Pulmonary Edema is swelling and/or fluid accumulation in the lungs.
Signs and symptoms
Symptoms of pulmonary edema include difficulty breathing, coughing up blood, excessive sweating, anxiety and pale skin. If left untreated, it can lead to death, generally due to its main complication of acute respiratory shock syndrome .
Pulmonary edema is generally suspected due to findings in the medical history and physical examination: end-inspiratory crackles during auscultation (listening to the breathing through a stethoscope) can be due to pulmonary edema. The diagnosis is confirmed on X-ray of the lungs, which shows increased vascular filling and fluid in the alveolar walls.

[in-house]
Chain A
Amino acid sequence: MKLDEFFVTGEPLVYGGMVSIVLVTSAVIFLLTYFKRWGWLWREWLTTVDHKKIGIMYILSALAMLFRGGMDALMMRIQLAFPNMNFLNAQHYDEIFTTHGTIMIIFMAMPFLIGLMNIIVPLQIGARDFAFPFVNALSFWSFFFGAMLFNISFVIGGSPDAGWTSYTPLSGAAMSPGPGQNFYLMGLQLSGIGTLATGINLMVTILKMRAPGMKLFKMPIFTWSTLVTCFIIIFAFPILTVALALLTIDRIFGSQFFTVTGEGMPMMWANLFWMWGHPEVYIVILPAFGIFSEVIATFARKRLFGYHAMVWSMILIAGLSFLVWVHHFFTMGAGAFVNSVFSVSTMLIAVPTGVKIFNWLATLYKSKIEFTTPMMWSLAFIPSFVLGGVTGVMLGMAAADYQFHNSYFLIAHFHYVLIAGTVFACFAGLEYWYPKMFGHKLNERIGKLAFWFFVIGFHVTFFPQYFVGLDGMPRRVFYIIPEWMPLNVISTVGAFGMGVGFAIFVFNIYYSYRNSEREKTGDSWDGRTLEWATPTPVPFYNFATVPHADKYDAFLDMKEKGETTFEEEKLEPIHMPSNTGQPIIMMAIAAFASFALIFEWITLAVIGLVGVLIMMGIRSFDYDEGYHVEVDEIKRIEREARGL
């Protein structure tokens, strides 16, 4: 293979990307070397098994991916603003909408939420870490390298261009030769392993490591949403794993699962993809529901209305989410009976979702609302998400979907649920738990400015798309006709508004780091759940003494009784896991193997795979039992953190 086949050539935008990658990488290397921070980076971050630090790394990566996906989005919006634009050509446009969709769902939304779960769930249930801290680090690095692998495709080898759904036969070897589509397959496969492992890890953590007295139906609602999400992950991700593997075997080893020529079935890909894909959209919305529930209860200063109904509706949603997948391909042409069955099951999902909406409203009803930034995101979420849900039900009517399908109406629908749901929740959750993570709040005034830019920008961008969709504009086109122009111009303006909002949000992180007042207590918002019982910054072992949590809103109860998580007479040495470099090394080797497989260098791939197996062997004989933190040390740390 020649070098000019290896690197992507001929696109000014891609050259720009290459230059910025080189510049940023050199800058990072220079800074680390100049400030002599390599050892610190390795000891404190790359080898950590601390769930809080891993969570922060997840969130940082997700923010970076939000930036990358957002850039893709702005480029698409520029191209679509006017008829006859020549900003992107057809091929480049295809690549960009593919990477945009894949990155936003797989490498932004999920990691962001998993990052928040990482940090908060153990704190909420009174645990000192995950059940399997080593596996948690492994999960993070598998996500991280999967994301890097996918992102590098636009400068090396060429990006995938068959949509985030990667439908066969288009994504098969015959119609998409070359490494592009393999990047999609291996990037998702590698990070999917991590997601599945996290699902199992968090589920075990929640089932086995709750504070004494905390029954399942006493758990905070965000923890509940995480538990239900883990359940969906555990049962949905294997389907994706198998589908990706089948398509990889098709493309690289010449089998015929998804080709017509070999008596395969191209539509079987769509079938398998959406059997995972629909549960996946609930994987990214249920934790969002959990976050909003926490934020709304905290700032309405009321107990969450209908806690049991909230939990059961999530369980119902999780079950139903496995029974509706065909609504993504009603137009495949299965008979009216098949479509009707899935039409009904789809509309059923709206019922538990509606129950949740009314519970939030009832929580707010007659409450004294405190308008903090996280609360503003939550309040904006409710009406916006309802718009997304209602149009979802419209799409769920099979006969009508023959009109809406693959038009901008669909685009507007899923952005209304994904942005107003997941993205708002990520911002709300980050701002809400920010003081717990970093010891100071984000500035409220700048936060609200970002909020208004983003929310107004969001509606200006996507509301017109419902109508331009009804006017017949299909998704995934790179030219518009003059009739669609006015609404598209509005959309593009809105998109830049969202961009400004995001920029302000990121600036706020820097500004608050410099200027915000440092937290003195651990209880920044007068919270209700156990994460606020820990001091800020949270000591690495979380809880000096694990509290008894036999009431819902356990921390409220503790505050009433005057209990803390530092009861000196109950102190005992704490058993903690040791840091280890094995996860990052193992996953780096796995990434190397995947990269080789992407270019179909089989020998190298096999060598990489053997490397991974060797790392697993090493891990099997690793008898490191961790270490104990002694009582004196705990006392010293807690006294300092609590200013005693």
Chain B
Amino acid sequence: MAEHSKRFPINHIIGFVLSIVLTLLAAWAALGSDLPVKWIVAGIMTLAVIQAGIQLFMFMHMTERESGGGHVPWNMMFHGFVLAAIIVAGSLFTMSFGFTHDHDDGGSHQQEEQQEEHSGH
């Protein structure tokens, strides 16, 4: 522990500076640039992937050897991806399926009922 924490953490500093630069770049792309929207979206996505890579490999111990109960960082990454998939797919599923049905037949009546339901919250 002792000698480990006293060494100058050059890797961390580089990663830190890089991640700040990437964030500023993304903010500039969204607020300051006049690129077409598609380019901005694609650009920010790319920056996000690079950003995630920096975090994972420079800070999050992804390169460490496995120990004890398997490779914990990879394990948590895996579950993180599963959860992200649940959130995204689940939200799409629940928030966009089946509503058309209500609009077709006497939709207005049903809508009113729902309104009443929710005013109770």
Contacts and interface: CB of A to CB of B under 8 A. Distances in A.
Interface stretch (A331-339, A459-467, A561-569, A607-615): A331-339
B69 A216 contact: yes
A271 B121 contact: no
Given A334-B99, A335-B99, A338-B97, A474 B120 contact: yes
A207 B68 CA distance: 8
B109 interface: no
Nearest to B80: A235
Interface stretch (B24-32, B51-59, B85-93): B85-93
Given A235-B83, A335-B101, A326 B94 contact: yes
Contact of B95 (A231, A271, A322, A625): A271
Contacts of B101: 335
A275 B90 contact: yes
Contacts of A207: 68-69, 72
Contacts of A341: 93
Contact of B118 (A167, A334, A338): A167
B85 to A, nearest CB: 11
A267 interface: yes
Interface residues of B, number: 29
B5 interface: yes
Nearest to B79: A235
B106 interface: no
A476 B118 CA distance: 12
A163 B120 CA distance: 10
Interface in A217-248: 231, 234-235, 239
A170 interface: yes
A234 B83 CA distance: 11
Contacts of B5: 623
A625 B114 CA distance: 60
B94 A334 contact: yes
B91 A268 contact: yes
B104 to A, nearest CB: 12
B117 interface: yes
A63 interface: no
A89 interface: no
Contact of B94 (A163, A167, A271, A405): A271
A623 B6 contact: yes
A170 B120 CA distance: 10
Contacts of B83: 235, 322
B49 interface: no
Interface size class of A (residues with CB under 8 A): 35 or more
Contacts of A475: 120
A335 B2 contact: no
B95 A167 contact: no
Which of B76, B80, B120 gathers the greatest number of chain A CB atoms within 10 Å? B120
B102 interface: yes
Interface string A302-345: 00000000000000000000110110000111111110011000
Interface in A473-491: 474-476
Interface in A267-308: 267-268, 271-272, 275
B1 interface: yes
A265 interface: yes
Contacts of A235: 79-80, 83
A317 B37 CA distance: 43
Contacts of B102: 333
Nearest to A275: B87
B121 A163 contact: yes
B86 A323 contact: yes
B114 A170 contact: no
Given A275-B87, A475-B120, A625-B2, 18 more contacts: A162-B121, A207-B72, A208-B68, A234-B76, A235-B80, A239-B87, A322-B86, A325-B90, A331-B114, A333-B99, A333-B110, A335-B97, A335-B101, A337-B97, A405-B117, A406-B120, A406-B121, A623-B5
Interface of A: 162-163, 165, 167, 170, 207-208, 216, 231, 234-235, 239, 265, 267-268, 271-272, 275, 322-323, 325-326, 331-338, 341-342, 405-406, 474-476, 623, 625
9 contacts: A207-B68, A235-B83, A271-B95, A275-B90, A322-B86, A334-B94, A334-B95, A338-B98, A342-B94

Pulmonary edema is either due to direct damage to the tissue or as a result of inadequate functioning of the heart or circulatory system.
When circulatory causes have led to pulmonary edema, treatment with loop diuretics, such as furosemide or bumetanide, is the mainstay of therapy. Other useful treaments include glyceryl trinitrate, CPAP and oxygen.
There are no causal therapies for direct tissue damage; removal of the causes (e.g. treating an infection) is the most important measure.